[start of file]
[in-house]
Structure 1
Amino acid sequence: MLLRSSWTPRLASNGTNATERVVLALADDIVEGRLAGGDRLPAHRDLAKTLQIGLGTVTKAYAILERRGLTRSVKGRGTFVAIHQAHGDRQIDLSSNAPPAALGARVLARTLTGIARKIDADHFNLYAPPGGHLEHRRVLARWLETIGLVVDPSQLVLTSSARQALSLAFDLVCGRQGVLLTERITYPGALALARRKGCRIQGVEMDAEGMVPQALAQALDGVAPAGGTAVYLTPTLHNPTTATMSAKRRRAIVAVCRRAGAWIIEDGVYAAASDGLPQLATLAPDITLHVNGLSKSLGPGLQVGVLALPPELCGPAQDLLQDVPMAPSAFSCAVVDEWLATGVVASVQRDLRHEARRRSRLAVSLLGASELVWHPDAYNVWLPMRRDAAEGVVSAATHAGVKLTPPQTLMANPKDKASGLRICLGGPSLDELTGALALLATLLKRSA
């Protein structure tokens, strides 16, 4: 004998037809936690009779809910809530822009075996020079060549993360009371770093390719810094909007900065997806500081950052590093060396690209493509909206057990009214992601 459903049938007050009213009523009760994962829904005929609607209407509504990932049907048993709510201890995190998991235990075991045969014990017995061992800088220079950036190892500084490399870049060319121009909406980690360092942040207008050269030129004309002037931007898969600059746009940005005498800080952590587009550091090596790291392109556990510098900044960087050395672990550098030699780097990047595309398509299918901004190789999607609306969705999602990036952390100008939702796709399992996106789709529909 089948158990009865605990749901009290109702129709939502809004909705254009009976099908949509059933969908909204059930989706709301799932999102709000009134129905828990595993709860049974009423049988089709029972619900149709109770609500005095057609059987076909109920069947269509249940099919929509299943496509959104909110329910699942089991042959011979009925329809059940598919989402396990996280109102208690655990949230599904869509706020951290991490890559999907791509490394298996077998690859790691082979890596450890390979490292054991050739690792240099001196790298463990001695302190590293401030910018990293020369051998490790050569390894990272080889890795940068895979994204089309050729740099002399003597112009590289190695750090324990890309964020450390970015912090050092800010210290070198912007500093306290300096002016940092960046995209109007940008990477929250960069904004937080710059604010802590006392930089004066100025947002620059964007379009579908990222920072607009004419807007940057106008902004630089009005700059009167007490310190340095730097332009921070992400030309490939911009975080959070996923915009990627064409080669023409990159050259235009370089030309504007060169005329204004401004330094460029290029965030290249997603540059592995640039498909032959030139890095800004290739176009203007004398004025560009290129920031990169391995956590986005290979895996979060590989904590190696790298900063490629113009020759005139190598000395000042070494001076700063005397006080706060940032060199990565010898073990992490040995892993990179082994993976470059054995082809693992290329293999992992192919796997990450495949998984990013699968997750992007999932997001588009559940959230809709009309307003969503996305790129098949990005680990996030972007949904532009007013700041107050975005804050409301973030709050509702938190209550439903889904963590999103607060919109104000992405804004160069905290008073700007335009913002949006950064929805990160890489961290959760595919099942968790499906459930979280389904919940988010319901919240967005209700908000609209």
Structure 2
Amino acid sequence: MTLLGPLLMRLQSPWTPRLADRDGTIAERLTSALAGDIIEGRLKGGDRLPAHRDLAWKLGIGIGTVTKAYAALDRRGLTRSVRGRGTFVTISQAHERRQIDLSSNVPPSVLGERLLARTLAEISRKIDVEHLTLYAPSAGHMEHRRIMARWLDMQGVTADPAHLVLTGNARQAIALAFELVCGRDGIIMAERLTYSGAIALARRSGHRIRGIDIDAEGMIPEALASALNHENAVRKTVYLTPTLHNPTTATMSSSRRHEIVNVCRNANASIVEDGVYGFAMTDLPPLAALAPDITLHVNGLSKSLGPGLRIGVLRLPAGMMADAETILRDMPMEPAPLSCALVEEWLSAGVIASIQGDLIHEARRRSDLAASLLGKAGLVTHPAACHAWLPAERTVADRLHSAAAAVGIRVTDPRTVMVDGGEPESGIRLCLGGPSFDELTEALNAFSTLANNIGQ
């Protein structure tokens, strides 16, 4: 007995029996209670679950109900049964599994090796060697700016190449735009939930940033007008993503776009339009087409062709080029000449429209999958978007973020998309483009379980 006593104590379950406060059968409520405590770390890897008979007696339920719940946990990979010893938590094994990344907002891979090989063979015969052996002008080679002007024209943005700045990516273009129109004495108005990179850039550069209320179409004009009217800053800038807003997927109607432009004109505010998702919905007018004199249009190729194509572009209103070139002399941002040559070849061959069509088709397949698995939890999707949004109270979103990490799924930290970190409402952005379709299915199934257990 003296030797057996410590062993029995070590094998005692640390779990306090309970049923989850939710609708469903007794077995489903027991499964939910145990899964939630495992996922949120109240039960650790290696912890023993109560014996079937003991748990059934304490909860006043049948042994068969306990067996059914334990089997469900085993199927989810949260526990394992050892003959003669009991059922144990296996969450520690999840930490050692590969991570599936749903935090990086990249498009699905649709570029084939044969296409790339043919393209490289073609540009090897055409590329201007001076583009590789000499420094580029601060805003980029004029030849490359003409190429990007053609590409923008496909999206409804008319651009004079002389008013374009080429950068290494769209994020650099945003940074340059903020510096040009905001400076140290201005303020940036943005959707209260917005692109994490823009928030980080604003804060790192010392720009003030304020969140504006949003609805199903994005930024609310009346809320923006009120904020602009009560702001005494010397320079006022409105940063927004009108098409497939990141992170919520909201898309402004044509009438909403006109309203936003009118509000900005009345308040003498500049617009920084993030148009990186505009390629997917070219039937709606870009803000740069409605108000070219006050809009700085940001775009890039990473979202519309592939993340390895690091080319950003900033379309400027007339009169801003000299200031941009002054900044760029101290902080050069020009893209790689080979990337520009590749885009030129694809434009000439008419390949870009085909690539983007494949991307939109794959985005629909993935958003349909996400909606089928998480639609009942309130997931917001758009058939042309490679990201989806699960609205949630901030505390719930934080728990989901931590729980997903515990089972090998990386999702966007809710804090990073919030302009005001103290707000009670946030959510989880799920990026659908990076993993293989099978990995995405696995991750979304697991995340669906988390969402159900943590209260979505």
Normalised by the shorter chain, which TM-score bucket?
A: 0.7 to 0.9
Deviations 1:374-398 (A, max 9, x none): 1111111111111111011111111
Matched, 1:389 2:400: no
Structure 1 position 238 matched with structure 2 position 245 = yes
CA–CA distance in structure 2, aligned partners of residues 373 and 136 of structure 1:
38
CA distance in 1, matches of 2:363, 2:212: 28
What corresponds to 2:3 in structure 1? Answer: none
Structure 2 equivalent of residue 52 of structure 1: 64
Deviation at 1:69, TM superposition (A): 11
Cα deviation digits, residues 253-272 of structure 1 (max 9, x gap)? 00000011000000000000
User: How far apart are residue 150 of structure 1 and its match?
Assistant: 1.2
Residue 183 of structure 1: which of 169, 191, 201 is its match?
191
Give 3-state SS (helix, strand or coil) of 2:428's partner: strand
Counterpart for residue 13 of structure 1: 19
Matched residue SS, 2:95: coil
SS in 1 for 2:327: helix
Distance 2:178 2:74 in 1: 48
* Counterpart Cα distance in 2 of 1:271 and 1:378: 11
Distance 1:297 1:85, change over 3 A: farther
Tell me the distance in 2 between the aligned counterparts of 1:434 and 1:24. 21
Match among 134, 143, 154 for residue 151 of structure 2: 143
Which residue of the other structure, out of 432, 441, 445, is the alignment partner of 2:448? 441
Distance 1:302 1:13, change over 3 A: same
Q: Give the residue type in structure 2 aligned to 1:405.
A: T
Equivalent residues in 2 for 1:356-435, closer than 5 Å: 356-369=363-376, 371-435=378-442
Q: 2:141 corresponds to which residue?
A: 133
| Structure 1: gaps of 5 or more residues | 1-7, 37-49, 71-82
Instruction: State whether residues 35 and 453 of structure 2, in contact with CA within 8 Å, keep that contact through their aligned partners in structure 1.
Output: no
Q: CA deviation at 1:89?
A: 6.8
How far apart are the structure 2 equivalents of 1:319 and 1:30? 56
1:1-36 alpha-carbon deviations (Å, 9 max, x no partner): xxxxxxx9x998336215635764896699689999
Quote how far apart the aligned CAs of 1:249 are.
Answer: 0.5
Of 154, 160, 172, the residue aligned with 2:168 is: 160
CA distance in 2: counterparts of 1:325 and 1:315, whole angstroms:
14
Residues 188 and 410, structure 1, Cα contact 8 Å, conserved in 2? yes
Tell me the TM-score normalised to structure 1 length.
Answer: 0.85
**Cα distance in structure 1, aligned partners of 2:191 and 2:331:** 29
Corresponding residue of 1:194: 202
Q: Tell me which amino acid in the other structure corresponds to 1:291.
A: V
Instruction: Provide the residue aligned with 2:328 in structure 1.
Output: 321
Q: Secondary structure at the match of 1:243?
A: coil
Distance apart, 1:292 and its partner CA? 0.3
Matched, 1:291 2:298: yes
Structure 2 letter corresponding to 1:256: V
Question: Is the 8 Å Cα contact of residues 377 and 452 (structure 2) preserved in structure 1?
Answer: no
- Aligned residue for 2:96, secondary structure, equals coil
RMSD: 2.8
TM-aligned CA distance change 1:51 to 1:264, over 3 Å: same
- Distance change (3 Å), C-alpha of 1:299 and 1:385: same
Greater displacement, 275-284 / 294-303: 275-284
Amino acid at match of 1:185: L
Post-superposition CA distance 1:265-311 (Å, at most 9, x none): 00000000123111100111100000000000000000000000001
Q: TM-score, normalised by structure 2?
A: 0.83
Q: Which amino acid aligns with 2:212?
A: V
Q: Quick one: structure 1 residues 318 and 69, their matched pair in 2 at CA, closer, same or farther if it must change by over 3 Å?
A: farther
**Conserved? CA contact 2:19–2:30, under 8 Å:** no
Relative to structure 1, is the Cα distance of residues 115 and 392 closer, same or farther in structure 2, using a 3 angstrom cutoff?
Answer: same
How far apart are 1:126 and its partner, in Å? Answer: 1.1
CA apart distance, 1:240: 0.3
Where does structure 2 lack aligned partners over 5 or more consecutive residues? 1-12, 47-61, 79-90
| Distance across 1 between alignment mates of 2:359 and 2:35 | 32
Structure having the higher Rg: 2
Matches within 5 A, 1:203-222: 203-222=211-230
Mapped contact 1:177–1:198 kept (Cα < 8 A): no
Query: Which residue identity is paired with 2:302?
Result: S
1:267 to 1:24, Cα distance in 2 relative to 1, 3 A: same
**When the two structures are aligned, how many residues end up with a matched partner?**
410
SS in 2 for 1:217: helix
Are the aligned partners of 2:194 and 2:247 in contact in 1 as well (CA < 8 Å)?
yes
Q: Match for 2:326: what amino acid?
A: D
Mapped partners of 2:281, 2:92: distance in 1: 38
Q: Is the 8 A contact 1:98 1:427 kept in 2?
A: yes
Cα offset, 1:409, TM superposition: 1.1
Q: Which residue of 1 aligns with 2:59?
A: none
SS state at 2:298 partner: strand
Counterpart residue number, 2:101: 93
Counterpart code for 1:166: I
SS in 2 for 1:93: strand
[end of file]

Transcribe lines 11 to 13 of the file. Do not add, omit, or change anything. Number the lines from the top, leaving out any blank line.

Matched, 1:389 2:400: no
Structure 1 position 238 matched with structure 2 position 245 = yes
CA–CA distance in structure 2, aligned partners of residues 373 and 136 of structure 1: